Another way to see a trace of the running code is to use a debugger such as gdb (the GNU debugger). It's supposed to work on any platform that supports the GNU development tools. Its purpose is to allow you to see what is going on inside a program while it executes, or what it was doing at the moment it failed.

To trace the execution of a process, gdb needs to know the PID and the path to the binary that the process is executing. For Perl code, it's /usr/bin/perl (or whatever the path to your Perl is). For httpd processes, it's the path to your httpd executable—often the binary is called httpd, but there's really no standard location for it.

Here are a few examples using gdb. First, let's go back to our last locking example, execute it as before, and attach to the process that didn't get the lock:

panic% gdb /usr/bin/perl 3037

After starting the debugger, we execute the where command to see the trace:

(gdb) where
#0  0x40209791 in flock ( ) from /lib/
#1  0x400e8dc9 in Perl_pp_flock ( ) at pp_sys.c:2033
#2  0x40099c56 in Perl_runops_debug ( ) at run.c:53
#3  0x4003118c in S_run_body (oldscope=1) at perl.c:1443
#4  0x40030c7e in perl_run (my_perl=0x804bf00) at perl.c:1365
#5  0x804953e in main (argc=3, argv=0xbffffac4, env=0xbffffad4)
    at perlmain.c:52
#6  0x4018bcbe in _ _libc_start_main ( ) from /lib/

That's not what we may have expected to see (i.e., a Perl stack trace). And now it's a different trace from the one we saw when we were using strace. Here we see the current state of the call stack, with main( ) at the bottom of the stack and flock( ) at the top.

We have to find out the place the code was called from—it's possible that the code calls flock( ) in several places, and we won't be able to locate the place in the code where the actual problem occurs without having this information. Therefore, we again use the curinfo macro after loading it from the .gdbinit file:

(gdb) source /usr/src/httpd_perl/mod_perl-1.25/.gdbinit
(gdb) curinfo

As we can see, the program was stuck at line 9 of /home/httpd/perl/ and that's the place to look at to resolve the problem.

When you attach to a running process with gdb, the program stops executing and control of the program is passed to the debugger. You can continue the normal program run with the continue command or execute it step by step with the next and step commands, which you type at the gdb prompt. (next steps over any function calls in the source, while step steps into them.)

The use of C/C++ debuggers is a large topic, beyond the scope of this book. The gdb man and info pages are quite good. You might also want to check ddd (the Data Display Debugger), which provides a visual interface to gdb and other debuggers. It even knows how to debug Perl programs.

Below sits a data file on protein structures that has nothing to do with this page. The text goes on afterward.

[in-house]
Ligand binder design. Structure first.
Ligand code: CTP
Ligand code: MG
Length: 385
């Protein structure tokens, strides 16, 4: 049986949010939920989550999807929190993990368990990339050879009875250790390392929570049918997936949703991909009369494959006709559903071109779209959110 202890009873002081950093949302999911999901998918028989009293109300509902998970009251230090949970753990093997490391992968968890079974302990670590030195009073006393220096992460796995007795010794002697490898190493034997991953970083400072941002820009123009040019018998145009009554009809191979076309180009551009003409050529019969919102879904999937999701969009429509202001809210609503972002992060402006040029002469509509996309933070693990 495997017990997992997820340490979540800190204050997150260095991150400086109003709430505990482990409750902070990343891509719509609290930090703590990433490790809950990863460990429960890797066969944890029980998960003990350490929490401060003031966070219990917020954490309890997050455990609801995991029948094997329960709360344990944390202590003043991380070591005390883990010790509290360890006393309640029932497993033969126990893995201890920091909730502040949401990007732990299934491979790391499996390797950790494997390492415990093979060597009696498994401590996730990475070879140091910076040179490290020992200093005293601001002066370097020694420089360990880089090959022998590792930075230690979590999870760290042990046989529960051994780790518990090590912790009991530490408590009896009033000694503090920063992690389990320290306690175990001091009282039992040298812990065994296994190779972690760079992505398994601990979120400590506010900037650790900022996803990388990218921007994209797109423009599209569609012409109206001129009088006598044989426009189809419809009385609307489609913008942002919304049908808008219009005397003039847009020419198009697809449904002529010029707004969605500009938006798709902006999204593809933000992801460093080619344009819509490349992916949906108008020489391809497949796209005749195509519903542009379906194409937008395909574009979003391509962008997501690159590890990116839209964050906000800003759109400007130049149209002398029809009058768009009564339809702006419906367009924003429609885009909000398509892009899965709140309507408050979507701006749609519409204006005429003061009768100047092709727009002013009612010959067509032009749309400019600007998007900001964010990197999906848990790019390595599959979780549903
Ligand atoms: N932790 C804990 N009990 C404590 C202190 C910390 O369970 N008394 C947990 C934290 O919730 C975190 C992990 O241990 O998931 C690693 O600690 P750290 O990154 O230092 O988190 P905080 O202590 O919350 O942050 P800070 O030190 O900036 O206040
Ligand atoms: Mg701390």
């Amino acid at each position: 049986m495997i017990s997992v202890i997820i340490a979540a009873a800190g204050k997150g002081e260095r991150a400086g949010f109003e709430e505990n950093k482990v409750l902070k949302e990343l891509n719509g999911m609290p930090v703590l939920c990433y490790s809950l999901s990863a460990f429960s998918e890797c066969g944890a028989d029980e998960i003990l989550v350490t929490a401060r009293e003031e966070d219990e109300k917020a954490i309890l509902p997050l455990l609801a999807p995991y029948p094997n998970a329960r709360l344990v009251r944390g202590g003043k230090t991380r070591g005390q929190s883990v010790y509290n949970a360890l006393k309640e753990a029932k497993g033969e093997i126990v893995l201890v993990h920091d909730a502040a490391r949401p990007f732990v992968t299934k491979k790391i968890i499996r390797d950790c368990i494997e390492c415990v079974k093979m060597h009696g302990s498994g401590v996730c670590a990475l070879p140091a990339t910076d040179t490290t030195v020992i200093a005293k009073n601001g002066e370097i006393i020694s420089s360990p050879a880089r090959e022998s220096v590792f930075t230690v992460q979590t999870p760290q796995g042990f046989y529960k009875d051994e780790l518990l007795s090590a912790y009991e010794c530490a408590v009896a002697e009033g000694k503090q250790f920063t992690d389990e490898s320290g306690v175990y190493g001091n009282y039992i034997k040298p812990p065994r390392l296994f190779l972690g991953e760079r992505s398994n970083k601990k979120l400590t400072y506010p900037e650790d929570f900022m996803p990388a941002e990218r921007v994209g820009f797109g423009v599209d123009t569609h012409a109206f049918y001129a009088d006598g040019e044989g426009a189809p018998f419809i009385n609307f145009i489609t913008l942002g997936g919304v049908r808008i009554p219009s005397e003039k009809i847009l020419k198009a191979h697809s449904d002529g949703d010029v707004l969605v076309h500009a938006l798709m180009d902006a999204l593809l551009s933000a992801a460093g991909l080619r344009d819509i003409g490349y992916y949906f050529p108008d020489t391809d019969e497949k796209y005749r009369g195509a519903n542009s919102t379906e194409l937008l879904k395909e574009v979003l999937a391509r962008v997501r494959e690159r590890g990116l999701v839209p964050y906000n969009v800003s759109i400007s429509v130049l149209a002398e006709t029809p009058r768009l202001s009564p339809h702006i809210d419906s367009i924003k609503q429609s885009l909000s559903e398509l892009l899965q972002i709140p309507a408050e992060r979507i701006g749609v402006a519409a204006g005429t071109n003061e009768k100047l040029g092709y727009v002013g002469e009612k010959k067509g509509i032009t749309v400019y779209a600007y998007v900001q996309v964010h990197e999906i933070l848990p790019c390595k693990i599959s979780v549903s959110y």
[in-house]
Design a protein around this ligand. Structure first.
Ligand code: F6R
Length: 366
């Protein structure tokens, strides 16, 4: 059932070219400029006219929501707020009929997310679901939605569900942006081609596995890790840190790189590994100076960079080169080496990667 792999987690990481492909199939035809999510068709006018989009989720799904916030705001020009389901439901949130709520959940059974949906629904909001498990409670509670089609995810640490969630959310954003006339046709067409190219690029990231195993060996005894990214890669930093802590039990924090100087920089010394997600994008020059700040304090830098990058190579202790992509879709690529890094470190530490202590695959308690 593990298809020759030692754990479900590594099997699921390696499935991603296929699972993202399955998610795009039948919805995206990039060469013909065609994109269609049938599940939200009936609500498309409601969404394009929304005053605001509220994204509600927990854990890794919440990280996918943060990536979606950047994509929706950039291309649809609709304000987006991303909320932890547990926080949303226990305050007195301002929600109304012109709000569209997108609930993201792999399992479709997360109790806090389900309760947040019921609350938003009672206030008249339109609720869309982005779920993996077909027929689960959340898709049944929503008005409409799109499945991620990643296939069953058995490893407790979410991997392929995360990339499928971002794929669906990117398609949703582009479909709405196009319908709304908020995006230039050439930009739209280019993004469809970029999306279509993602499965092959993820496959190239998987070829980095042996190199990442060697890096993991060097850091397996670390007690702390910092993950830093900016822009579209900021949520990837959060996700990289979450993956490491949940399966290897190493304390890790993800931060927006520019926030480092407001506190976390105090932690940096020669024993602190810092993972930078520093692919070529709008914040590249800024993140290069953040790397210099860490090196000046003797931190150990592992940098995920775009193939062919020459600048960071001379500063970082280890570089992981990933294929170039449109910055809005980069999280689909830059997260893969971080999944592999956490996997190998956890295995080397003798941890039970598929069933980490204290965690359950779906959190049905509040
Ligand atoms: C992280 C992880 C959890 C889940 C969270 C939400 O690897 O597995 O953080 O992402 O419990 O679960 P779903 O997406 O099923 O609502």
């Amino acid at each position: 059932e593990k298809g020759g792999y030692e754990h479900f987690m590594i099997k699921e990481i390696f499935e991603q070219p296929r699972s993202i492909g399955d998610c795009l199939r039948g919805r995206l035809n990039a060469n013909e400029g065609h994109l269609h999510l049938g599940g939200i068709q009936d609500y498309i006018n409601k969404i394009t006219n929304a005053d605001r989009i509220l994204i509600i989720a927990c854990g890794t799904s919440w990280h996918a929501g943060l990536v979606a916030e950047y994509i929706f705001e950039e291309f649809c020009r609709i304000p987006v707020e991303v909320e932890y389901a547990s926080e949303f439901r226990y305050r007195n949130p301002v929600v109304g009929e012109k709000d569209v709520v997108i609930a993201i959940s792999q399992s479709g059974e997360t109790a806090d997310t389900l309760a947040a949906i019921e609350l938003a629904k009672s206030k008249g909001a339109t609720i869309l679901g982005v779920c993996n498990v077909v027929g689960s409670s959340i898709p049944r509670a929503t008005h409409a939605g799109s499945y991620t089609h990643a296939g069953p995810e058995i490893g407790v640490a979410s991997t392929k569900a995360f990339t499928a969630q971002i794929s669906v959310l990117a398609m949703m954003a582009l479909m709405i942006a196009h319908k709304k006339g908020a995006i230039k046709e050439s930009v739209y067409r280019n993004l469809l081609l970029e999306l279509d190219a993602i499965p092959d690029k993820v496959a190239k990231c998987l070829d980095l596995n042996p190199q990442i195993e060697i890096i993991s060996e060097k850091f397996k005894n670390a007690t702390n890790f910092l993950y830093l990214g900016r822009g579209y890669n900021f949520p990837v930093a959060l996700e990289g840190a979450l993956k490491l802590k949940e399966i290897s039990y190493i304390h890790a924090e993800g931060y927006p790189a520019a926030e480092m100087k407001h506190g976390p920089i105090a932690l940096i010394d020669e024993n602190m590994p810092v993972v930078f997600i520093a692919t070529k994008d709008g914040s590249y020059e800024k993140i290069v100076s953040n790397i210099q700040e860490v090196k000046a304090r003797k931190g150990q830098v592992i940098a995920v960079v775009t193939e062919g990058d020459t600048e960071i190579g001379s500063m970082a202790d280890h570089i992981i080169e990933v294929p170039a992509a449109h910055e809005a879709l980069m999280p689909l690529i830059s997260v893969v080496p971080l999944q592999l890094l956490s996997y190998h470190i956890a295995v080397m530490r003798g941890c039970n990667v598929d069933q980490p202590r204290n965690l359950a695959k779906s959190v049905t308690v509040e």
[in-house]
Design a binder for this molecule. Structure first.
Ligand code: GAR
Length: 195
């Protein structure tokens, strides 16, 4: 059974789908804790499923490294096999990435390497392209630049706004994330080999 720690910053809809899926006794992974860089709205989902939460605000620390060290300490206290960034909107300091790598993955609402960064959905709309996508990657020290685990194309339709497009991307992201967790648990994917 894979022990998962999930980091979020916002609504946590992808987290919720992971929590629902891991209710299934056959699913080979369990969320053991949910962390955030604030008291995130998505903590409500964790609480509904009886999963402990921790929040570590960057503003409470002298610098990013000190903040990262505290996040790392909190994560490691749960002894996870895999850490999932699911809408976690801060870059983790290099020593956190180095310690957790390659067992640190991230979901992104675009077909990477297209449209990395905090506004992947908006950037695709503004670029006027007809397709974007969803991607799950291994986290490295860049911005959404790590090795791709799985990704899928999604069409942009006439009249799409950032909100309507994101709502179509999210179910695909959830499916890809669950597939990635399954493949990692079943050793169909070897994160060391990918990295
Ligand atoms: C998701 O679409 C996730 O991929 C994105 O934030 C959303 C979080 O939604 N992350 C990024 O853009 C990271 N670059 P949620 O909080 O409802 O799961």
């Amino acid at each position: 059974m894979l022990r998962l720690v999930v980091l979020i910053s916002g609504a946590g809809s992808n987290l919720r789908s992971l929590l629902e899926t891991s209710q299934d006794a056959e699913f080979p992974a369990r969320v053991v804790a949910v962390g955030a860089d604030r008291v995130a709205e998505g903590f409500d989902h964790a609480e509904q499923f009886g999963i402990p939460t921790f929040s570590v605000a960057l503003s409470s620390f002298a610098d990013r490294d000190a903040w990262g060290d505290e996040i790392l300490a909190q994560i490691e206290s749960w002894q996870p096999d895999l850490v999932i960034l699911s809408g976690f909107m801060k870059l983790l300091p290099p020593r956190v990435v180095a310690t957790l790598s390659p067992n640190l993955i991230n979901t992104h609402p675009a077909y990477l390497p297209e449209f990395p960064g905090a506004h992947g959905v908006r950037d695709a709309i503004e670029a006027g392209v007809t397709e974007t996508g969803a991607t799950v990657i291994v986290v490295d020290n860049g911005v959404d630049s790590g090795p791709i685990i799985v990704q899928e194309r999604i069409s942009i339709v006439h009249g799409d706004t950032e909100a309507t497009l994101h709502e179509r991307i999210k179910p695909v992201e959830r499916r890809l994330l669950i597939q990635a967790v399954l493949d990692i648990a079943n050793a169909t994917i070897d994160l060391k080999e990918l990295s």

For completeness, let's see the gdb trace of the httpd process that's hanging in the while(1) loop of the first example in this section:

panic% gdb /home/httpd/httpd_perl/bin/httpd 1005

(gdb) where
#0  0x402251c1 in nanosleep ( ) from /lib/
#1  0x40225158 in sleep ( ) from /lib/
#2  0x4014d3a6 in Perl_pp_sleep ( ) at pp_sys.c:4187
#3  0x400f5c56 in Perl_runops_debug ( ) at run.c:53
#4  0x4008e088 in S_call_body (myop=0xbffff688, is_eval=0) at perl.c:1796
#5  0x4008dc4f in perl_call_sv (sv=0x82fc75c, flags=4) at perl.c:1714
#6  0x807350e in perl_call_handler (sv=0x82fc75c, r=0x8309eec, args=0x0)
    at mod_perl.c:1677
#7  0x80729cd in perl_run_stacked_handlers (hook=0x80d0db9 "PerlHandler", 
    r=0x8309eec, handlers=0x82e9b64) at mod_perl.c:1396
#8  0x80701b4 in perl_handler (r=0x8309eec) at mod_perl.c:922
#9  0x809f409 in ap_invoke_handler (r=0x8309eec) at http_config.c:517
#10 0x80b3e8f in process_request_internal (r=0x8309eec) at http_request.c:1286
#11 0x80b3efa in ap_process_request (r=0x8309eec) at http_request.c:1302
#12 0x80aae60 in child_main (child_num_arg=0) at http_main.c:4205
#13 0x80ab0e8 in make_child (s=0x80eea54, slot=0, now=981621024)
    at http_main.c:4364
#14 0x80ab19c in startup_children (number_to_start=3) at http_main.c:4391
#15 0x80ab80c in standalone_main (argc=1, argv=0xbffff9e4) at http_main.c:4679
#16 0x80ac03c in main (argc=1, argv=0xbffff9e4) at http_main.c:5006
#17 0x401bbcbe in _ _libc_start_main ( ) from /lib/

As before, we can see a complete trace of the last executed call. To see the line the program hangs, we use curinfo again:

(gdb) source /usr/src/httpd_perl/mod_perl-1.25/.gdbinit
(gdb) curinfo

Indeed, the program spends most of its time at line 9:

7 : while (1) {
8 :     $i++;
9 :    sleep 1;
10: }

Since while( ) and $i++ are executed very fast, it's almost impossible to catch Perl running either of these instructions.